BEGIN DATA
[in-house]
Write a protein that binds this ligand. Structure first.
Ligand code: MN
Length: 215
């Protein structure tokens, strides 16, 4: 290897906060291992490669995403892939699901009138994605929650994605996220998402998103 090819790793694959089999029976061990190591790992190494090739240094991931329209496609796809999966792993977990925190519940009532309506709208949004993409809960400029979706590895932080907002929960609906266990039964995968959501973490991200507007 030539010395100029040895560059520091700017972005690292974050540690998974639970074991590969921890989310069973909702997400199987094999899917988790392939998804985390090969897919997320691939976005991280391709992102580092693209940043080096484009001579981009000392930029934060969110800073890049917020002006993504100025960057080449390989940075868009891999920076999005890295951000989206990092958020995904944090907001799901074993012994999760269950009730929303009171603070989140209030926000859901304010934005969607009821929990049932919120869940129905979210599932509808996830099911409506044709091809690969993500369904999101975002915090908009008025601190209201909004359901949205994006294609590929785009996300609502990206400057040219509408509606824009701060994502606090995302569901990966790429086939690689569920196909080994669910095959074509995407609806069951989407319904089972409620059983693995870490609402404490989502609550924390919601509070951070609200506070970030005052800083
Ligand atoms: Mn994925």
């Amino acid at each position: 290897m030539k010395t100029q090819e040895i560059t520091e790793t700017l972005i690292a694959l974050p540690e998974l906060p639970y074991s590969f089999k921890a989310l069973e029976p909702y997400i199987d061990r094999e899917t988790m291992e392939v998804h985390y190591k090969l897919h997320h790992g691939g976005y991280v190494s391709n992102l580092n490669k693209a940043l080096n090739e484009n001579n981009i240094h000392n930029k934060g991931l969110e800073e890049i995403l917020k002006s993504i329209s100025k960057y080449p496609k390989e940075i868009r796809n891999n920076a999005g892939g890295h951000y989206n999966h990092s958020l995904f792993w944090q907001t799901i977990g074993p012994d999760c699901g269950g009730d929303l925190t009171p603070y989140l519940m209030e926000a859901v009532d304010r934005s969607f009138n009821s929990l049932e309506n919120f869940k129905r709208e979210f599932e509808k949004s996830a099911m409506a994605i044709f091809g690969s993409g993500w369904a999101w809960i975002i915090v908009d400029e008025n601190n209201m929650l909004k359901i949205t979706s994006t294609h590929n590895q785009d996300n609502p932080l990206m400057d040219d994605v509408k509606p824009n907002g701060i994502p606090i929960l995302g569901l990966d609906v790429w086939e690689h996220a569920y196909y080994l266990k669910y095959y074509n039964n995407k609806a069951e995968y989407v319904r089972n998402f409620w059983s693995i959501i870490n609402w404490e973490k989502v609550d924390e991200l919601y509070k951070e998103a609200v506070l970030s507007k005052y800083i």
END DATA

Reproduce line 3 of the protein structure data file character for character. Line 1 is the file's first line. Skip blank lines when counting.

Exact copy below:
Ligand code: MN